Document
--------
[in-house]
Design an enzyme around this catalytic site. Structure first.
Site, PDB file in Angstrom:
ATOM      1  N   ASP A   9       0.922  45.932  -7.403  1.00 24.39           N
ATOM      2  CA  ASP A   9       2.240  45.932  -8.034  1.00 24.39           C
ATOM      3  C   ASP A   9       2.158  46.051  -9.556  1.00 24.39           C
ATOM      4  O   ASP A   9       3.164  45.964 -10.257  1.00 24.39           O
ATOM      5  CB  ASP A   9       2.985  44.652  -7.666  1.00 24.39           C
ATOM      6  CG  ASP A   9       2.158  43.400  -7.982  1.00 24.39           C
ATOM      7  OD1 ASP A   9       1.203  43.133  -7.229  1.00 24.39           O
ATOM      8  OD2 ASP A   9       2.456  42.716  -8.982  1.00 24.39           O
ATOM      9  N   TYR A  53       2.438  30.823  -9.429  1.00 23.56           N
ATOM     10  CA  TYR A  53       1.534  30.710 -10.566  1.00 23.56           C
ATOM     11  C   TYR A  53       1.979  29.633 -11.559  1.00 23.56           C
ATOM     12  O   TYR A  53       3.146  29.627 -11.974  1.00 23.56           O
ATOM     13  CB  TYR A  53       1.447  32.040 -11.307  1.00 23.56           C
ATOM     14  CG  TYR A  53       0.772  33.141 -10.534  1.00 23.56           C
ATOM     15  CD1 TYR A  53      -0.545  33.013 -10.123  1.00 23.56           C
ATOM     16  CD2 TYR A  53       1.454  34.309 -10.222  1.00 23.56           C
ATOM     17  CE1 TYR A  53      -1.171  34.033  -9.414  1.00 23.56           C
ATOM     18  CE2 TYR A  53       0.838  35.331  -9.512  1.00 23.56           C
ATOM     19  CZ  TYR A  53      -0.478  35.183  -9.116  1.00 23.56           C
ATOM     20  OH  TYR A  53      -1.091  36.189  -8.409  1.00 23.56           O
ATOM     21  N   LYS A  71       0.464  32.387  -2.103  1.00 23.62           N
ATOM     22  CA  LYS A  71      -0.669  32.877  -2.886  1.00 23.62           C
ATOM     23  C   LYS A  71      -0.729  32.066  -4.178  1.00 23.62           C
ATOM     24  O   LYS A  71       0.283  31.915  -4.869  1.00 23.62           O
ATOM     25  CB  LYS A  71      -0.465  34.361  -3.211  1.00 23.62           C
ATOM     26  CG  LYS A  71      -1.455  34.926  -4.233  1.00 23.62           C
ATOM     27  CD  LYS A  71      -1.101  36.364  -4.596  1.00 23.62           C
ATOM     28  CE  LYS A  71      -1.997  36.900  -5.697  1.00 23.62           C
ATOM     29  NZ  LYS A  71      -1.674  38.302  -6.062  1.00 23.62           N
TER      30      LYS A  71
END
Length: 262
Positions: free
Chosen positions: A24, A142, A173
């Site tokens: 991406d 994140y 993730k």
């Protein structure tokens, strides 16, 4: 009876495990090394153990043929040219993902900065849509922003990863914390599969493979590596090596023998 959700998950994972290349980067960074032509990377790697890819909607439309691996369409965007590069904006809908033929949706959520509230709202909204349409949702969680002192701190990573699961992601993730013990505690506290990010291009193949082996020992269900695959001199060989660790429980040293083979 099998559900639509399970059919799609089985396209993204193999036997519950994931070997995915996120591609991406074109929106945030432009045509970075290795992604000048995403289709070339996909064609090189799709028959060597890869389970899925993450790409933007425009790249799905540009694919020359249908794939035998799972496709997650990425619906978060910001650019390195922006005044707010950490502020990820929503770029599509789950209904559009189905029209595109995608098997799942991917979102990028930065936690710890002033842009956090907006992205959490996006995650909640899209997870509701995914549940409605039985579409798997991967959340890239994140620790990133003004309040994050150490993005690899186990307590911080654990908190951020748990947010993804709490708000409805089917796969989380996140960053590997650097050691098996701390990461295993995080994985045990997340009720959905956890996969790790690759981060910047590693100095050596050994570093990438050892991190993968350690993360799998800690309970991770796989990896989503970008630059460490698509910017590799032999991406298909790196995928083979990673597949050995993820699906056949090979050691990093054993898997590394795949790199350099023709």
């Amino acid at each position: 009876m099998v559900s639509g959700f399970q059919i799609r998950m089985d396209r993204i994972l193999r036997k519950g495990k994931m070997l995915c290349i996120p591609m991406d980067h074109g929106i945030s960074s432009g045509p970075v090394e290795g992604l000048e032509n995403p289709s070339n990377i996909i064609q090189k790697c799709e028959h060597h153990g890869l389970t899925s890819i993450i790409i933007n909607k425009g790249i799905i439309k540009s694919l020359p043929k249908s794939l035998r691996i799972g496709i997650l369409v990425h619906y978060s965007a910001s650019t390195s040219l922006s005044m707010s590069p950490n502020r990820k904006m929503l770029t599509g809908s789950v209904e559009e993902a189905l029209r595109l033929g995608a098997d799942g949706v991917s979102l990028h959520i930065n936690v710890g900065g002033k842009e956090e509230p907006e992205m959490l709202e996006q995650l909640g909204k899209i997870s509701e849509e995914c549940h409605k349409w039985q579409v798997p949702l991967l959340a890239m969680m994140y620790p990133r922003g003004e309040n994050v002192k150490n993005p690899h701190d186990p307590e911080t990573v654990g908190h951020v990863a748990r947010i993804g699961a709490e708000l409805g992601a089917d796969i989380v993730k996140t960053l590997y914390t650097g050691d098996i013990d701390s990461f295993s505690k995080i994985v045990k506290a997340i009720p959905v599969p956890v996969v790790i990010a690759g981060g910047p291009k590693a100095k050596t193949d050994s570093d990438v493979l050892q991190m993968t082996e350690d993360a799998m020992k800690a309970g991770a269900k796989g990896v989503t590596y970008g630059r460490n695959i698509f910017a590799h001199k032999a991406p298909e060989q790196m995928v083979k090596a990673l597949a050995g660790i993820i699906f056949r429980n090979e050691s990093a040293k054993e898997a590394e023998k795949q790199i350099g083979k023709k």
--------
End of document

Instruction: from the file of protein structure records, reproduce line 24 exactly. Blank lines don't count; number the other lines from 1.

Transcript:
ATOM     21  N   LYS A  71       0.464  32.387  -2.103  1.00 23.62           N